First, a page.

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“It happened with Breaking Bad and The Sopranos—no one was really happy with the ending of those shows. I was happy with the ending of those shows, by the way. In all honesty, I thought it was nice the way [GOT creators David Benioff and D.B. Weiss] wrapped up the last three episodes. Maybe I was satisfied with the way my ending wrapped up and so, by the time the finale aired, I was like, ‘It’s great!’”

He adds, “HBO set out to do a fantasy show that was steeped in familial relationships, and I think that’s what the last three episodes did; it rounded out those bonds. Some people might think it was hastily done, but what kind of pressure Dave and Dan were under, we can only guess.”

“It’s a mammoth task trying to please so many people who have been so emotionally invested in something for so many years,” he continues. “You’ve just got to get on with it. I think it was always going to go out with a whisper, man. I don’t mean that in a defamatory sense at all—I think it was so huge that [the only way to end it] was going to be a burn out, not fizzle out. It’s such a hard thing to write though. To really get that right is tough.”

No other character on the series suffered quite like Theon Greyjoy—who was tortured, emasculated, flayed and castrated, among other horrific indignities—and Allen found it difficult to play a character so darkly for so long without internalizing some of his pain.
Theon was equally arrogant and narcissistic, cocky and cruel, before his capture by Ramsay Snow, which made viewers less sensitive to his humiliation and dehumanization.

It is only in the show’s final season that he begins to redeem himself for betraying his best friends, the Starks, in season 2. He proves that he is a man who is willing to fight; he is no longer weak or afraid. In fact, he dies defending Bran—the eventual ruler of Westeros—by sacrificing himself to the Night King during the Battle of Winterfell.

Theon doesn’t vocalize the question he’s struggled with for the entire series, but Bran gives him the words he needs to hear anyway: “You’re a good man.” He says “Thank you” and, with tears in his eyes, Theon Greyjoy dies a noble death. It’s a powerful scene, and one that surely contributed to Allen’s Emmy nomination.

“Theon was the most human character [on the show], in my opinion. He makes mistakes. There’s nothing regal about him. He was hated at times and reviled.”

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And that wasn’t always easy to take, especially when fans associated him with a character he wasn’t often proud to be. Allen even opted to stop reading anything about the show or himself online after the show’s second season. “It was really, really hard,” he admits. “I’d walk into rooms and it would feel like I was standing there naked. It’s different now, I suppose. Because [Theon died with] honor and redemption, people have come off the hate wagon and are now liking the character for how he went out.”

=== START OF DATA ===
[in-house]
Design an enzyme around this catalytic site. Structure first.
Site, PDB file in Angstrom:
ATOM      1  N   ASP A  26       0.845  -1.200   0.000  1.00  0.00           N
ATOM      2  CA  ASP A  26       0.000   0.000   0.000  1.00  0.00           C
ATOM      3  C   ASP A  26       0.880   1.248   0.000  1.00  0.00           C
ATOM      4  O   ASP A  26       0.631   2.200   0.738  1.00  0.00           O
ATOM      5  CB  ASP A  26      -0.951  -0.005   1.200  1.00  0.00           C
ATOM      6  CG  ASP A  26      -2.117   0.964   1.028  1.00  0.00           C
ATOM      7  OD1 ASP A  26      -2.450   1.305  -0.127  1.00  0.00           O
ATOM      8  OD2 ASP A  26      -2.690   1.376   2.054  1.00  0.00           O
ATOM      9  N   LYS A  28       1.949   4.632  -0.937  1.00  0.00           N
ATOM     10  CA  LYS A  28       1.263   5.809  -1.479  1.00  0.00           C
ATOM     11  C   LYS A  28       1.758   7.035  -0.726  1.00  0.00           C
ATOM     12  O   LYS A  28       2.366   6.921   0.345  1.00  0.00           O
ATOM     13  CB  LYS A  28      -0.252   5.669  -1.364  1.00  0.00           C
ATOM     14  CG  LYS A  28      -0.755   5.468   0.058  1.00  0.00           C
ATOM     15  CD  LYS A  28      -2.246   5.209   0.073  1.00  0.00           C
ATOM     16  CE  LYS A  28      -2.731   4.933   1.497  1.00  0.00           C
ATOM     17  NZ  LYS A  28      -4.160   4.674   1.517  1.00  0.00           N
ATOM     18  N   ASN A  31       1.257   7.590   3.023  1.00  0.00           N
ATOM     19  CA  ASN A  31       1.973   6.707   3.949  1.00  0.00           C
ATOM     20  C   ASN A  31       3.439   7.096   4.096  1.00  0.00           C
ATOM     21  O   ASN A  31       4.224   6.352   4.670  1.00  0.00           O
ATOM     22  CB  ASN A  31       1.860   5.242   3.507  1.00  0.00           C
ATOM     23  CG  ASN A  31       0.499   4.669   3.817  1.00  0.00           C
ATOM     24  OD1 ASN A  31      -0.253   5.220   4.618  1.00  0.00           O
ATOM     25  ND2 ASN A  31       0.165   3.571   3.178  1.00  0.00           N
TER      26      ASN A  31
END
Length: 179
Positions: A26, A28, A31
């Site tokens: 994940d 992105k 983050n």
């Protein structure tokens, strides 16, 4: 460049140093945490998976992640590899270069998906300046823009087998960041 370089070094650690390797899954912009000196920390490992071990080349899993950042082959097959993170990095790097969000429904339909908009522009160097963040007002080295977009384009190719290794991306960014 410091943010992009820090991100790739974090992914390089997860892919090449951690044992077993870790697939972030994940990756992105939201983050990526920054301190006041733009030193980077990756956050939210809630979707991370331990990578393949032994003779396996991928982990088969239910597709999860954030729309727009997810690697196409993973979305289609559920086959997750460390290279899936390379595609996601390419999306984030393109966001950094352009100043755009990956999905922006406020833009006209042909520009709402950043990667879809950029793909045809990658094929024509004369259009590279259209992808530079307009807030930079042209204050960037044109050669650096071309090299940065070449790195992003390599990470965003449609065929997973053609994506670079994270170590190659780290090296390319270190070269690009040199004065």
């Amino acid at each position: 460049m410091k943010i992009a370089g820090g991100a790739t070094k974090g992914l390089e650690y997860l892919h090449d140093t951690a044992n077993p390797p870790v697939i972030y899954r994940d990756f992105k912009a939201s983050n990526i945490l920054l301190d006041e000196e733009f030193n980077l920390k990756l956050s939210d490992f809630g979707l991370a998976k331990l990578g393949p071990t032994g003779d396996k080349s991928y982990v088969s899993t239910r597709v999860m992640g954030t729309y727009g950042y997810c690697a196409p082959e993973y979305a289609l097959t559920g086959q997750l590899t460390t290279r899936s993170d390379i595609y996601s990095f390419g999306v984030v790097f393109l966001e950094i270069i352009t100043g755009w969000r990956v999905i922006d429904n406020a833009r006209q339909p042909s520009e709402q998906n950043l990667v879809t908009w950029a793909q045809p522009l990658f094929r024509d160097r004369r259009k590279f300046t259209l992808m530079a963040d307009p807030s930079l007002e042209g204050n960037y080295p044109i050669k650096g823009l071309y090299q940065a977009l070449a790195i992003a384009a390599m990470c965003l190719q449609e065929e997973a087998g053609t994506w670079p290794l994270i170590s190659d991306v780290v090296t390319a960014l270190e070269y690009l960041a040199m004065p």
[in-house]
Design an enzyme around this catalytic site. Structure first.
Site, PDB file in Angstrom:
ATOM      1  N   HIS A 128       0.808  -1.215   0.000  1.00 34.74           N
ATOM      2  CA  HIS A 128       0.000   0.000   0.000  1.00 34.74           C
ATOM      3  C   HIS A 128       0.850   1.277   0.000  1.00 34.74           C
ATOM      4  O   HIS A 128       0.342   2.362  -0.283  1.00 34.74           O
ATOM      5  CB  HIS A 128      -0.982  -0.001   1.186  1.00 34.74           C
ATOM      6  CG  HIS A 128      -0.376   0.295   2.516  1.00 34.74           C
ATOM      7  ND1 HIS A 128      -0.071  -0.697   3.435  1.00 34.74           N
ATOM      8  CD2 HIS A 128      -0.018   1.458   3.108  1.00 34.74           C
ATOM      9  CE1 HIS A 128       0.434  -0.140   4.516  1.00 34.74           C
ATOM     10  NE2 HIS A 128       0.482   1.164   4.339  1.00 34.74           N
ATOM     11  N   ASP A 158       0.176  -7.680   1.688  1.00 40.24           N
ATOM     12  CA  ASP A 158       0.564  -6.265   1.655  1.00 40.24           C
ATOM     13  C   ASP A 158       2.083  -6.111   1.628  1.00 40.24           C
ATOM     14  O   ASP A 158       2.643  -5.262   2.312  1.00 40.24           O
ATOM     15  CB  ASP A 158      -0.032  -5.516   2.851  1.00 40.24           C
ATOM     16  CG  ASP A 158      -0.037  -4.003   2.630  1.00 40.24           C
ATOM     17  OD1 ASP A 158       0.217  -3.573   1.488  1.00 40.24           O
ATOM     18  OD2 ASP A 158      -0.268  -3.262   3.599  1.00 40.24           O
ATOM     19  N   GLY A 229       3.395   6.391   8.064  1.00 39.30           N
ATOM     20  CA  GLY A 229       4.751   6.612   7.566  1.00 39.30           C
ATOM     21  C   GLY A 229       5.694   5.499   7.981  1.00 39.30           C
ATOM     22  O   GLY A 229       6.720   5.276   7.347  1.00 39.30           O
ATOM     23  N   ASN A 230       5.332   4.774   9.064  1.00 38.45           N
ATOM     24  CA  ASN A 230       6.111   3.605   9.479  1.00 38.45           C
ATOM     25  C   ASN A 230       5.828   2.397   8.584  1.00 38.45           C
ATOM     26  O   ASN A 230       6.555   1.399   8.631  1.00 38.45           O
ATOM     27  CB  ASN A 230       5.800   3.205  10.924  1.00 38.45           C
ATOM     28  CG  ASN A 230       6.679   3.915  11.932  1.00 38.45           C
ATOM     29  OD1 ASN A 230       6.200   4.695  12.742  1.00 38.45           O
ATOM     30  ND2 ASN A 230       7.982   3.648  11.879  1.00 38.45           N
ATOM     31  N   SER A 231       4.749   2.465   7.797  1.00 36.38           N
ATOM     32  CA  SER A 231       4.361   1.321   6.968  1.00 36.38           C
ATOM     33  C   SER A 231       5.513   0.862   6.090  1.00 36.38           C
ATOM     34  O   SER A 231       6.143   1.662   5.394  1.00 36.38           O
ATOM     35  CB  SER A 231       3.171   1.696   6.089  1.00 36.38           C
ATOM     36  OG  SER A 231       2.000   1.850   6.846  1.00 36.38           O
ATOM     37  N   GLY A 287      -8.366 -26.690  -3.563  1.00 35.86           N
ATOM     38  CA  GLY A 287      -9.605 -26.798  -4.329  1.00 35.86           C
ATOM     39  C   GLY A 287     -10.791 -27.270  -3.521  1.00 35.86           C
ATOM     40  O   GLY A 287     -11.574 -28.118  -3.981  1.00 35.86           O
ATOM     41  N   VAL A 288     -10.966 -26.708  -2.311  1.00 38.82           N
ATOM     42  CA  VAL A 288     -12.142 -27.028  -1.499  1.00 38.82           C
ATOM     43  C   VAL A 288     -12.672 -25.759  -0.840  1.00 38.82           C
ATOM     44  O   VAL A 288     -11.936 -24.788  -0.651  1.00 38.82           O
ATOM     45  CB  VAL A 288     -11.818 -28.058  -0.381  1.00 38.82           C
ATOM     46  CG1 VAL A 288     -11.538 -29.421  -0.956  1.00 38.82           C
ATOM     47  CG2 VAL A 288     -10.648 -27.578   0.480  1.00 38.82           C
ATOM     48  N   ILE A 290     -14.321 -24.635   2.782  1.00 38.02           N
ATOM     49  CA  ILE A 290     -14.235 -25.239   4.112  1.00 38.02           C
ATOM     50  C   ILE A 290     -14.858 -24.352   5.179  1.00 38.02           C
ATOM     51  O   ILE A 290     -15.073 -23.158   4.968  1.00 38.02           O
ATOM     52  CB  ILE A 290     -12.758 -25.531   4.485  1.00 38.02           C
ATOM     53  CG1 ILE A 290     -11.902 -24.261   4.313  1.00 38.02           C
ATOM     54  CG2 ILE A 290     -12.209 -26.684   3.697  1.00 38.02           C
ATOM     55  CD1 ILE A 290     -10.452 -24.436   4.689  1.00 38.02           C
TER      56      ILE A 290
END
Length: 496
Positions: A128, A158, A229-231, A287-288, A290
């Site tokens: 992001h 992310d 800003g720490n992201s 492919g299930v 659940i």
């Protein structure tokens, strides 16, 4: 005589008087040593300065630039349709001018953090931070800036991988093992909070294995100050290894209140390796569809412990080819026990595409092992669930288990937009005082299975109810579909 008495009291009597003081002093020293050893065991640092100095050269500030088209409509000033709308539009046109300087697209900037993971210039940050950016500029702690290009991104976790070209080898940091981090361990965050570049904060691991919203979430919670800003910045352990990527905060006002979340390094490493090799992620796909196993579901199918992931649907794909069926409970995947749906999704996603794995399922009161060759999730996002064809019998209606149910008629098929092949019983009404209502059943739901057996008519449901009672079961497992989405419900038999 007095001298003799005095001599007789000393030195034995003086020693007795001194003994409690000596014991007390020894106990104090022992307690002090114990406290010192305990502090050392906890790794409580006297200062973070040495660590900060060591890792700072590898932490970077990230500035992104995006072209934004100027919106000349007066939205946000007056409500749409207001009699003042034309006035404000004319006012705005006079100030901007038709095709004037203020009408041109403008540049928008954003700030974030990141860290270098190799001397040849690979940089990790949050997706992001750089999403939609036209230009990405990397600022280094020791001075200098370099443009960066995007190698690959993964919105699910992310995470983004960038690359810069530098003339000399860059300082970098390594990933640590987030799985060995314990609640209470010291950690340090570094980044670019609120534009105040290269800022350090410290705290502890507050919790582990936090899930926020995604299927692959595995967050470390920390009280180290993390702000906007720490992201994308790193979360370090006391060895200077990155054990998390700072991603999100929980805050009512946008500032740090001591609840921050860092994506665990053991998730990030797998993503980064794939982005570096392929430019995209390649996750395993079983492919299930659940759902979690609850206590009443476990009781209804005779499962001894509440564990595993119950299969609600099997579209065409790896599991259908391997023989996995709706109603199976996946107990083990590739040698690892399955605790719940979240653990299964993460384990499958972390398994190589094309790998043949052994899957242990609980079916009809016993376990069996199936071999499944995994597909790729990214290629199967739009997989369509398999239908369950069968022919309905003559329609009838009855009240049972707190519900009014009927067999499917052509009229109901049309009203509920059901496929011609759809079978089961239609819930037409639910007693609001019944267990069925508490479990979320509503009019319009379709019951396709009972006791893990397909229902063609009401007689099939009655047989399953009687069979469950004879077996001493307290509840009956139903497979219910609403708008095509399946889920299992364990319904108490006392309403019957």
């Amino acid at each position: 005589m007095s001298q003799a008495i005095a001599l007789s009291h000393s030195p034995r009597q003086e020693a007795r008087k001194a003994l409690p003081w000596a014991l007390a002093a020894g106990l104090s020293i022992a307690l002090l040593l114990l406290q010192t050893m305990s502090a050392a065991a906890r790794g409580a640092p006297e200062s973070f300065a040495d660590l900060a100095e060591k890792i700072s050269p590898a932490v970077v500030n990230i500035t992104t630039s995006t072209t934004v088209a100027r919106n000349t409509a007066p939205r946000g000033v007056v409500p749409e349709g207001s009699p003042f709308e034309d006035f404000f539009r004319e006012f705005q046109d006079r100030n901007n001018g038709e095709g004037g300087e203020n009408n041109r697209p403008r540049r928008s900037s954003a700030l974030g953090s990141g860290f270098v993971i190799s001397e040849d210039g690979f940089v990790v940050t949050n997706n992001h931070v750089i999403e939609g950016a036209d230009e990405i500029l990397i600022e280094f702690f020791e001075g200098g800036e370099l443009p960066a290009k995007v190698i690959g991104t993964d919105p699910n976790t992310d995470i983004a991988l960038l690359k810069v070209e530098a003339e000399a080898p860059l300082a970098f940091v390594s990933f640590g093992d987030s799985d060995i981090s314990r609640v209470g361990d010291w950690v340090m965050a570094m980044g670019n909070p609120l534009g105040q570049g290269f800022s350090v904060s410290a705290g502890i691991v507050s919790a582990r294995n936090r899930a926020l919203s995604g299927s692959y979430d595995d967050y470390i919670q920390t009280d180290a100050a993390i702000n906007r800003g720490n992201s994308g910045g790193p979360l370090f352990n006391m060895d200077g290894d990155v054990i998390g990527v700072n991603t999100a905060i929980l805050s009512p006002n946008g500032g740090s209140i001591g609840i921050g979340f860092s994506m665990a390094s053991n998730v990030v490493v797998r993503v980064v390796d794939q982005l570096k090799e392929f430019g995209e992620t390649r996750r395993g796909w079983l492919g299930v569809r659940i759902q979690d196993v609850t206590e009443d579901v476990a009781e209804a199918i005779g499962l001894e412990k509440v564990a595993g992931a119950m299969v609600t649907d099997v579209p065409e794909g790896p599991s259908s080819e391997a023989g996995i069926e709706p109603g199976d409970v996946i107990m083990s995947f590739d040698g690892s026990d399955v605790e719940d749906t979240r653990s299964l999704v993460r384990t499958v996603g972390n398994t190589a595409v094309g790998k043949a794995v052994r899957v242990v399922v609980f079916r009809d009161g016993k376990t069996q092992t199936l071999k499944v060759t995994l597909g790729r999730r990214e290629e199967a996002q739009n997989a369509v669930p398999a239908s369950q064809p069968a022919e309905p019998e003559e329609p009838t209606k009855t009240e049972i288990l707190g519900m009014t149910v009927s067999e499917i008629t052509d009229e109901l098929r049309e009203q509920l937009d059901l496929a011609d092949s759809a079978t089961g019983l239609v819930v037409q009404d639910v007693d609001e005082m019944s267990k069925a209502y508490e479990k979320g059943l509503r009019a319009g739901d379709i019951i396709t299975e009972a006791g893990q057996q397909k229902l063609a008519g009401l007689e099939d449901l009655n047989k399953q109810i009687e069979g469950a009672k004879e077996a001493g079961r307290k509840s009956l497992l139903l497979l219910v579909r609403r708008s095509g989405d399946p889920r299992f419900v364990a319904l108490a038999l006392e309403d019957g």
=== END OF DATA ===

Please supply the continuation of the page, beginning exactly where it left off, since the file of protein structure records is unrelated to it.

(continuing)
He shares, “I poured my heart and soul into the character and my work, but there were times during the show that I felt I was being laughed at. Theon, Reek, whatever we called him at the time, was being humiliated on the show, this global juggernaut, for such a long time. And it was hard to separate myself from the character. It can really take a toll.”

He had to take it in stride, but wishes belatedly that he had opened up more at the time. “When I was going through all that stuff, it wasn’t easy. We as people—and especially men—don’t really talk about our problems too much. We think it’s a sign of weakness, when it’s not. We should allow ourselves to be a little more vulnerable. At times, I had to step back and think, ‘At least I’m doing something that’s divisive. It’s not just like I’m the hero or the bad guy.’ I guess that’s kind of part and parcel of this profession.”

At times, however, it was so bad for Allen that he even wished he’d have been cast in a different part. He initially auditioned for the roles of Viserys Targaryen (who was played by Harry Lloyd), Rob Stark (played by Richard Madden), Jon Snow (Harington) and, of course, Theon.

“I don’t regret getting the part of Theon. There were times during the show that I would have said different without a doubt, but, then again, I don’t want to do Theon a disservice. [It goes without saying that] the relationship I had with that character was hard at times, but it’s lovely that I get to end this journey on a positive note.”